“We couldn’t get enough bandwidth and couldn’t get enough power,” said Schaap.
Now the Canvas staff will occasionally go to Chicago “to install a new server or do some more stuff,” but for the most part, they run it remotely from Holland.
Schaap launched three more companies in 2009. One, called Downstream, is in familiar territory: the Internet.
Downstream, said Schaap, is software that he and his team developed to search the Internet and capture all of a client’s data that is out there in “the cloud” — everything that’s been put online via e-mail, Google, LinkedIn, Twitter or Facebook. “We actually have software that will go grab it, back it up and deliver it to you in a variety of ways,” he said.
He said Downstream serves as a sort of “disaster recovery” system for anything that was on the Internet but then was lost by the owner. If someone e-mails a photo and then later accidentally deletes it, Downstream will find it and return it. “One of the primary reasons for data loss is individuals accidentally deleting their own information,” said Schaap.
Say a company posts its contacts on a commercial customer relations management website, but then the website server goes down. With Downstream, the contacts data can be recovered from the “cloud.” Right now most of Downstream’s 3,000 clients are individuals — most of whom live in Japan — but Schaap has a goal of landing corporate clients.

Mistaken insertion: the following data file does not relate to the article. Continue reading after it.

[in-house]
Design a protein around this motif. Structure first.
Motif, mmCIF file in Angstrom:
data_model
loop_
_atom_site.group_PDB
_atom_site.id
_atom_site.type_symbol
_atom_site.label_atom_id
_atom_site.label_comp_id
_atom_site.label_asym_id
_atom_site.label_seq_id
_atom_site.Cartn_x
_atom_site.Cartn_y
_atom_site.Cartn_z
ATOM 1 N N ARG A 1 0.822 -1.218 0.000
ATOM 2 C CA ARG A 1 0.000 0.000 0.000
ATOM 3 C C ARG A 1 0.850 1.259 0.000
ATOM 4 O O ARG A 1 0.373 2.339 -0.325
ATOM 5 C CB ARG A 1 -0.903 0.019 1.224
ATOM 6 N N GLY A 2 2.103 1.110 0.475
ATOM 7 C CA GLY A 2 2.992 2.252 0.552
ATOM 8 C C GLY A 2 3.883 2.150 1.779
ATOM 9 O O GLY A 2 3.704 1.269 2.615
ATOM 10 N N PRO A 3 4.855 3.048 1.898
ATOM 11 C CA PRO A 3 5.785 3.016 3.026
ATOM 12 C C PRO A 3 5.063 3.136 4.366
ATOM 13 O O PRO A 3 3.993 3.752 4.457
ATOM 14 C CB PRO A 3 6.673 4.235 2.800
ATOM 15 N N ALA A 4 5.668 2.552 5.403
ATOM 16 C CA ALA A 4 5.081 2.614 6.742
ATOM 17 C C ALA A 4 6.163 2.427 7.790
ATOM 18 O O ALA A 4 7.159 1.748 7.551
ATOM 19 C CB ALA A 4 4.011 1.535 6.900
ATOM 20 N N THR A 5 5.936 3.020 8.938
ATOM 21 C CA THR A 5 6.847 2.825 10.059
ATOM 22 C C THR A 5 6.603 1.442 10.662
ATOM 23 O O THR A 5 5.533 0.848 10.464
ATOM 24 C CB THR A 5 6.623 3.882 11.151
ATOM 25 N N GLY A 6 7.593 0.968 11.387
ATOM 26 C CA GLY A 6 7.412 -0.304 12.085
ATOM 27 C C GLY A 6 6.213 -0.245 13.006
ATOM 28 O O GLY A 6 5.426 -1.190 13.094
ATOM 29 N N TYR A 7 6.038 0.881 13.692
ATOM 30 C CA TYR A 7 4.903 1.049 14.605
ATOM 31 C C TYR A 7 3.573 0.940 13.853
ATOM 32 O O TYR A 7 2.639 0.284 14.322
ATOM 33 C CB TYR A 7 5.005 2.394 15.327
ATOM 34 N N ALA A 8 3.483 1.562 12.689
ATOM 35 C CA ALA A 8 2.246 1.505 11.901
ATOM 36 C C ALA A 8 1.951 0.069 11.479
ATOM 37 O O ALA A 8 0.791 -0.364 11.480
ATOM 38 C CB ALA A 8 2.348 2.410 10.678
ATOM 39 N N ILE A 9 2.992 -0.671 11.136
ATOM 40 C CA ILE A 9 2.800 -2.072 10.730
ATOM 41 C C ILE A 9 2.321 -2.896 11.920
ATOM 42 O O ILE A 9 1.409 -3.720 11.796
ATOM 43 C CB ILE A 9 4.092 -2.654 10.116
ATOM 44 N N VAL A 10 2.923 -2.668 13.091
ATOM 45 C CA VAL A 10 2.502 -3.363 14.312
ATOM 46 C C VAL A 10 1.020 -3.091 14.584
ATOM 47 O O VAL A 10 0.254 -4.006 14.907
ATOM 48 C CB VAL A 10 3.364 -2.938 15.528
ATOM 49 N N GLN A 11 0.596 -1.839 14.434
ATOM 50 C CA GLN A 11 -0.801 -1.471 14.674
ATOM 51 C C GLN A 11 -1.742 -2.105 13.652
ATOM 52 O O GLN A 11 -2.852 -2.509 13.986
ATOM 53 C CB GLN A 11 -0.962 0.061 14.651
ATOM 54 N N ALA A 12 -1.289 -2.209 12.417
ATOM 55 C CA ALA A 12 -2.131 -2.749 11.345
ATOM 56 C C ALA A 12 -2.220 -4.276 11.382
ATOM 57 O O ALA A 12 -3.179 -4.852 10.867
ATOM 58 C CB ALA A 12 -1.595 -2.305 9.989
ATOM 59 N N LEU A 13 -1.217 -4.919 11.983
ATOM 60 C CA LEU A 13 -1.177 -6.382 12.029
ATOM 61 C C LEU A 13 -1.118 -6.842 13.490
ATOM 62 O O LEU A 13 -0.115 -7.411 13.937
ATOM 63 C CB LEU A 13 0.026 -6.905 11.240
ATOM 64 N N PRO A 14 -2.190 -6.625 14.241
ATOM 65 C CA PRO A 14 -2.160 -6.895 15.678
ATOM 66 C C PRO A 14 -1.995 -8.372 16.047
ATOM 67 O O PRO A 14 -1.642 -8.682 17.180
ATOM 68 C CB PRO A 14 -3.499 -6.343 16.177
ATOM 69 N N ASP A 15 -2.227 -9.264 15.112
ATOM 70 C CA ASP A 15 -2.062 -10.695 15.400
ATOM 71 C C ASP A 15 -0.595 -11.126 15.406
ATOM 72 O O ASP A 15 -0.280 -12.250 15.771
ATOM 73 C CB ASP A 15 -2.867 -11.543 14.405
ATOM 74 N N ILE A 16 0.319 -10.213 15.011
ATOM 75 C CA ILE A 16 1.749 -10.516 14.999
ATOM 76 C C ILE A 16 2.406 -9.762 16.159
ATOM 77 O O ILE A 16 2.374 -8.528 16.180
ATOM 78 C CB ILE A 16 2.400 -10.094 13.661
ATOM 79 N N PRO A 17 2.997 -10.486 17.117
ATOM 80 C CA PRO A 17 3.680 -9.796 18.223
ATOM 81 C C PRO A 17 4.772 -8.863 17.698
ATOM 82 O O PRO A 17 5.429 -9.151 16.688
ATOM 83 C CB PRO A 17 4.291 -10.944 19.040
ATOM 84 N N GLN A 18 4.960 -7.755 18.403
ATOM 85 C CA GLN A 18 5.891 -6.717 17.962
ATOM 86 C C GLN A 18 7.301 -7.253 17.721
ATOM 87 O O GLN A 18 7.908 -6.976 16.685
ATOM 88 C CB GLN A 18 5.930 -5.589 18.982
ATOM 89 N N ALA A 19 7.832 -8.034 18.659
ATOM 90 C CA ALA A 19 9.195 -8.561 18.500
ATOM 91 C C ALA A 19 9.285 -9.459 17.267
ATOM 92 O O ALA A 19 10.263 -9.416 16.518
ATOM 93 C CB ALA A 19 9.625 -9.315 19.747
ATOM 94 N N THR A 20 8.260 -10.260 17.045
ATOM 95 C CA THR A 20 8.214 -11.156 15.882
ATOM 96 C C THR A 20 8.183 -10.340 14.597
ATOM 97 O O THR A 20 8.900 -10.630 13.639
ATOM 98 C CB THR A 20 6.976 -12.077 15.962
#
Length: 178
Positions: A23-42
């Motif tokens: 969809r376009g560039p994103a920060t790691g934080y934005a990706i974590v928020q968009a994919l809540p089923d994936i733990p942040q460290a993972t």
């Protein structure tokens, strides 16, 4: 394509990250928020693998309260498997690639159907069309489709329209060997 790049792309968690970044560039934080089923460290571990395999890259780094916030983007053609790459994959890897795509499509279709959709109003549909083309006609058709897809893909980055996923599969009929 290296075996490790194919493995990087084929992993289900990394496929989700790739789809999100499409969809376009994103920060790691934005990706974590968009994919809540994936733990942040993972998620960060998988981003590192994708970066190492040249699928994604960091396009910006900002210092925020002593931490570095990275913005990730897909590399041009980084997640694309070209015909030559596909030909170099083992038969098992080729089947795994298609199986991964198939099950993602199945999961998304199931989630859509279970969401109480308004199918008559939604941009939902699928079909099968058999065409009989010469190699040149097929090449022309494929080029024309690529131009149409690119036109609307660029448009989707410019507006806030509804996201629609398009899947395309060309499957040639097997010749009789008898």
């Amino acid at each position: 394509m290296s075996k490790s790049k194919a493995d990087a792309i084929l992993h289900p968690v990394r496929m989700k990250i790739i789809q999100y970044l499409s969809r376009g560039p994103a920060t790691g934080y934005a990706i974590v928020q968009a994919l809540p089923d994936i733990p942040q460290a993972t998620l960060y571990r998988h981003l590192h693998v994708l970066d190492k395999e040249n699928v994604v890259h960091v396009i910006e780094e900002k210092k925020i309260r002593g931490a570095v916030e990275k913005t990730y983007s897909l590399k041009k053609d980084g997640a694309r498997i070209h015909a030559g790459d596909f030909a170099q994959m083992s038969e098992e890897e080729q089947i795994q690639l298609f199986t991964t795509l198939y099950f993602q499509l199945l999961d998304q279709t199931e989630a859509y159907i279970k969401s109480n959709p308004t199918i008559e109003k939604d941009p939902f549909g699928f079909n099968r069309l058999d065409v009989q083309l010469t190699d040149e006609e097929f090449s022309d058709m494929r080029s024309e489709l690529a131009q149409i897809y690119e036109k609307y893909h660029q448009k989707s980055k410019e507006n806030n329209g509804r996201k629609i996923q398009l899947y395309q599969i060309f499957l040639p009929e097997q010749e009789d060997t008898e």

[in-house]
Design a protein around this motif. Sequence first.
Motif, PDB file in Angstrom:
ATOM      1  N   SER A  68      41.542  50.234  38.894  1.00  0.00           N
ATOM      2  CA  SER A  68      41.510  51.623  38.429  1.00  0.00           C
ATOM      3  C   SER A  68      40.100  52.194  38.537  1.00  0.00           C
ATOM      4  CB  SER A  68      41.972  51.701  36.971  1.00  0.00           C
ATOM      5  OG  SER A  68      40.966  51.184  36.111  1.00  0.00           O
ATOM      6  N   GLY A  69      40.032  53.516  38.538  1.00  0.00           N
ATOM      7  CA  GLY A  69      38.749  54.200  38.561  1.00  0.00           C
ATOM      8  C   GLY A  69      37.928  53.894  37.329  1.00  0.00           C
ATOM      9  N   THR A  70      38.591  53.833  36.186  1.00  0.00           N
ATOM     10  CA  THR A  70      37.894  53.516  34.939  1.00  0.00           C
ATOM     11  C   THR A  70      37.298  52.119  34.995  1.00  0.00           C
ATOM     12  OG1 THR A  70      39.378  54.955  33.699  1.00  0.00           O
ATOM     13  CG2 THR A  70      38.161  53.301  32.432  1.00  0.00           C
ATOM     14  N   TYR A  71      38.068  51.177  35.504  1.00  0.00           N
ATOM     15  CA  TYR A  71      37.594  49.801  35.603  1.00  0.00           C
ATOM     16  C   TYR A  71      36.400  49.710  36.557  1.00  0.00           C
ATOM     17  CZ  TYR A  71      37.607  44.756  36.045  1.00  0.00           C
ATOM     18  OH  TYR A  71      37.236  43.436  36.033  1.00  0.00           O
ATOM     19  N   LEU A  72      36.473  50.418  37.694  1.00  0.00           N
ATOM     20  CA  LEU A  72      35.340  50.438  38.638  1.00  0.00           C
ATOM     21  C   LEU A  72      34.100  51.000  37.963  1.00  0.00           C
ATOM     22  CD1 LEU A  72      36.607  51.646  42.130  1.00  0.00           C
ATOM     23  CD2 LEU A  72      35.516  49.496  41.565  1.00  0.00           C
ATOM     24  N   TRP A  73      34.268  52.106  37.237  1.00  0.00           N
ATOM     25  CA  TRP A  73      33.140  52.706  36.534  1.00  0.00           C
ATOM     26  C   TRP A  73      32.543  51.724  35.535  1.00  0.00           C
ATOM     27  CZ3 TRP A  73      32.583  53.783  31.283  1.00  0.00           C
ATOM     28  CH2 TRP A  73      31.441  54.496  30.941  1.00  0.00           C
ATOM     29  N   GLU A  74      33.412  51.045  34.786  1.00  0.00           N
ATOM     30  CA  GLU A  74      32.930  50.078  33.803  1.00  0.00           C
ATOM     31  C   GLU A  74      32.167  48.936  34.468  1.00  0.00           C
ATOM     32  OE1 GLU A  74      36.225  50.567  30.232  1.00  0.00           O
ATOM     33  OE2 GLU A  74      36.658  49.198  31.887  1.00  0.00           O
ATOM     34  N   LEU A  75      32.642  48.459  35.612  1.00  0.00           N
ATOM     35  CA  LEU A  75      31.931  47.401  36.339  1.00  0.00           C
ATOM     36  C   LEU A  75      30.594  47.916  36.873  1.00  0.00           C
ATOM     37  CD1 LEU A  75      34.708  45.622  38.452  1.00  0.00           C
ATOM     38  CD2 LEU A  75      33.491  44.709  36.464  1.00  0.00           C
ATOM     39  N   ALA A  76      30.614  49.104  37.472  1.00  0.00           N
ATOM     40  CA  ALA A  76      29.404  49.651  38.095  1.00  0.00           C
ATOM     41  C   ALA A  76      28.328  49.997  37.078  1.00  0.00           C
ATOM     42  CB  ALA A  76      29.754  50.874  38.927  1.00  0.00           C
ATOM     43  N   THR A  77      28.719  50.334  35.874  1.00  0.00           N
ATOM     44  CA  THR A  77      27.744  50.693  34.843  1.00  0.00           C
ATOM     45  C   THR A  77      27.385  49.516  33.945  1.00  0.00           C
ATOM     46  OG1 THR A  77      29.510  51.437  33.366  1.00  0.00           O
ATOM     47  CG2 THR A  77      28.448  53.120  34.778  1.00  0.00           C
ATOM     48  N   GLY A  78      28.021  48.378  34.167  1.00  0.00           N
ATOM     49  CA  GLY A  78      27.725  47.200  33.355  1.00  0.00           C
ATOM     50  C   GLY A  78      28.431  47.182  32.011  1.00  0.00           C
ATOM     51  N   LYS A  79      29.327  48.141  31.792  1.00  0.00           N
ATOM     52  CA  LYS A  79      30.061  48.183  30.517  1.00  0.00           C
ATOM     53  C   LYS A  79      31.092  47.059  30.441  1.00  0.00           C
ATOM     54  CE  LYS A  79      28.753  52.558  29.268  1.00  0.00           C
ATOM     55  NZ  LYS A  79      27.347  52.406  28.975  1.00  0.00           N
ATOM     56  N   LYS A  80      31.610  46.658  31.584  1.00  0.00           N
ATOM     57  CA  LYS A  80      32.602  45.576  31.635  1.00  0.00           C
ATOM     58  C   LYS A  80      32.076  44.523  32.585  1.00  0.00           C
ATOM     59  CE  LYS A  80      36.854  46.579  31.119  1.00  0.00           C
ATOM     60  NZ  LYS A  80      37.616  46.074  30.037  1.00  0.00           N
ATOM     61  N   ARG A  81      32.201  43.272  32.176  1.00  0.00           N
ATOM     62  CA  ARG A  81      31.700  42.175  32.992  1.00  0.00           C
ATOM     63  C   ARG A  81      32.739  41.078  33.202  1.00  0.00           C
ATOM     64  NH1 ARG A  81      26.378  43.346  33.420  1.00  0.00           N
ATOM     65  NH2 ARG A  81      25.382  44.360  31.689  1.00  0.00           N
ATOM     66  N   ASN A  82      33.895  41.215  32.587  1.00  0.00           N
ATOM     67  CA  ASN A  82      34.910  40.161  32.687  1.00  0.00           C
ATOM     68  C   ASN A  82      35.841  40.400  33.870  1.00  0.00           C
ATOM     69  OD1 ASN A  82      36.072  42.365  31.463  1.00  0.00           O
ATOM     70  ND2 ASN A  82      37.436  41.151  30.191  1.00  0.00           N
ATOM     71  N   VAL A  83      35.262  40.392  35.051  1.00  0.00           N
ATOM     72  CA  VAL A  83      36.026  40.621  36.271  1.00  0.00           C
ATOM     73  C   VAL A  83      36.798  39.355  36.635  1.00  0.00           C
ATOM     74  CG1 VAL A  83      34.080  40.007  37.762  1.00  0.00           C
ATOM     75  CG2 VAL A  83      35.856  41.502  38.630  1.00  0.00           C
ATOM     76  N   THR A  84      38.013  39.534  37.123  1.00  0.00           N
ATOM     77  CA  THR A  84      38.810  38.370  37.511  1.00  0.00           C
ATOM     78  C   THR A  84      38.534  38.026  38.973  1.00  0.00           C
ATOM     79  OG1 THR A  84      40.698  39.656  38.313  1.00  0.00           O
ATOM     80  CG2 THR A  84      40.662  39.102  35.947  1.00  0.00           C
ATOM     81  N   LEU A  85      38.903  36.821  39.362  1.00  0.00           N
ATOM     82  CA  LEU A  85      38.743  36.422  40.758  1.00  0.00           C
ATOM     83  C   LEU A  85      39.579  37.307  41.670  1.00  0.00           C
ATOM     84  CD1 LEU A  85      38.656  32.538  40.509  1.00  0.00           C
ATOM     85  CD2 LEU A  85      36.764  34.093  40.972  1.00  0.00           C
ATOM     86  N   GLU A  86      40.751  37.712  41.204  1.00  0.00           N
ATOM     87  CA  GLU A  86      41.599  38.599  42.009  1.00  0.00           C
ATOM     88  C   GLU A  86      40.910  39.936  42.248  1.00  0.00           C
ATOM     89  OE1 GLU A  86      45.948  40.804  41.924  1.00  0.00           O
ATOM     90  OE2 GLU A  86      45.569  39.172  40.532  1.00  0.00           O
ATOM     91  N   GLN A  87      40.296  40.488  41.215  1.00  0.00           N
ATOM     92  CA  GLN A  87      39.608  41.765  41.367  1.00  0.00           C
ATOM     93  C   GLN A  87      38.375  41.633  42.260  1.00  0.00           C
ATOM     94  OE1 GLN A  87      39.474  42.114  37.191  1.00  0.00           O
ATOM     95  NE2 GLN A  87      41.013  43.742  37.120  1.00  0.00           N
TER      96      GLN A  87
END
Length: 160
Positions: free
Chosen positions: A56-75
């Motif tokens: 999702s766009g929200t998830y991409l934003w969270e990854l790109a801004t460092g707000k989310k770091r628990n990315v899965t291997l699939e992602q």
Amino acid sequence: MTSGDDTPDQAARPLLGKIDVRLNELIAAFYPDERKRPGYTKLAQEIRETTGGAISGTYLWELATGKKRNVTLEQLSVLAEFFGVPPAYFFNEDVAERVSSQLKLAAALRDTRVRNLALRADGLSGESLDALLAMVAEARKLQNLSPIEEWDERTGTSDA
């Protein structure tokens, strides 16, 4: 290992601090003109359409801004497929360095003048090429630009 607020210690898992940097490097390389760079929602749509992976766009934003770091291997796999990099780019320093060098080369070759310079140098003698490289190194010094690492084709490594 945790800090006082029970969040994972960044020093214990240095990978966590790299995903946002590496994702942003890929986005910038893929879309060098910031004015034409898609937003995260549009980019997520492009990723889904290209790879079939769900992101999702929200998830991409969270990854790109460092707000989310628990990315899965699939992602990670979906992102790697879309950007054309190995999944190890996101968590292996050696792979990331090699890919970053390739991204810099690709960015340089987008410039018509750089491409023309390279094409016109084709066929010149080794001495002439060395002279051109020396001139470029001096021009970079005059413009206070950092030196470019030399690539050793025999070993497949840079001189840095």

Downstream and another company Schaap was involved with — Public Collections LLC — came out of his participation with Momentum, a West Michigan “seed stage funding and incubation program” for new small businesses, according to a news release from Momentum. The company, led by Rick DeVos, was launched in Zeeland in January 2009 by the Lakeshore Advantage economic development agency with a group of West Michigan investors, including The Windquest Group.
The basic premise of Public Collections, according to its webpage, was to help its clients (small business, freelancers and independent contractors) put pressure on other companies that owed them money by publicly identifying them on its website. The amounts owed would be too high for small claims court action but not large enough to justify hiring a collection agency, said Schaap.